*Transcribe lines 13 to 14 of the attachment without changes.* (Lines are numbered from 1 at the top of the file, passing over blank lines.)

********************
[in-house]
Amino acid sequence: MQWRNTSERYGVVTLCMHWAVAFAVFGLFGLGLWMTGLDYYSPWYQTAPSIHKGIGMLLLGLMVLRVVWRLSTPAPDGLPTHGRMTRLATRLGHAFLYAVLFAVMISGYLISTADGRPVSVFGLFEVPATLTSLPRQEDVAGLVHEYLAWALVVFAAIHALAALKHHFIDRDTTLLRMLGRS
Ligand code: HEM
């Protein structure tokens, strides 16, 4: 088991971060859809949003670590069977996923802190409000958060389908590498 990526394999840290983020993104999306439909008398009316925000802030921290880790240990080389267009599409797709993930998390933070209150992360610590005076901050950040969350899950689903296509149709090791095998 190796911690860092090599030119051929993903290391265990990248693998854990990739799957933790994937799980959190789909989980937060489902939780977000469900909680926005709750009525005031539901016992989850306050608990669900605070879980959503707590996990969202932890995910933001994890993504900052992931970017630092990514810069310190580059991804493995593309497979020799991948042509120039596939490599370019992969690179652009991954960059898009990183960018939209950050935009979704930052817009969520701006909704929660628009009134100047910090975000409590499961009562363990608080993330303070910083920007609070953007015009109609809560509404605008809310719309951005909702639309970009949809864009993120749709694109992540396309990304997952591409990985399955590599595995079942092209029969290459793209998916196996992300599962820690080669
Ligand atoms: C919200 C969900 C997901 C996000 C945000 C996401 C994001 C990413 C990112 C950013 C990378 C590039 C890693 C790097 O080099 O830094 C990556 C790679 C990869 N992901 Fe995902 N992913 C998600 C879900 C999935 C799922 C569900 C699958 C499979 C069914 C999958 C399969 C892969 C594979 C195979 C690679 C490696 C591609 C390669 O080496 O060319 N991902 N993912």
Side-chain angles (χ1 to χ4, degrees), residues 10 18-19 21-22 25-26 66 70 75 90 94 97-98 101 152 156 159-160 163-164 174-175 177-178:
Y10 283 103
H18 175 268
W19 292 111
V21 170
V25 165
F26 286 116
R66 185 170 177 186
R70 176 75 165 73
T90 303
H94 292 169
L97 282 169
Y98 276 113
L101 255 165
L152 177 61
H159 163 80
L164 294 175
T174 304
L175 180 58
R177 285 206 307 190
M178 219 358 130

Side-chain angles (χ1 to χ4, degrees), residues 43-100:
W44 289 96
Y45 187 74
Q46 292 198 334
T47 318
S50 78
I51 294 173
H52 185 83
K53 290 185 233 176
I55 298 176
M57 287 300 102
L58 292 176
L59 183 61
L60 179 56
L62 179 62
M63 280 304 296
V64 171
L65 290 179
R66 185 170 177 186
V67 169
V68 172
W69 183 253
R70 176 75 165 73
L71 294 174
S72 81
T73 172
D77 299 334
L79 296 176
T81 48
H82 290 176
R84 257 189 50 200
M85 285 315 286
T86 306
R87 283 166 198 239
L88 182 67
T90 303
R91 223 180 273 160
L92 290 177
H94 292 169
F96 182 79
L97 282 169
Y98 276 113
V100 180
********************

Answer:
R66 185 170 177 186
R70 176 75 165 73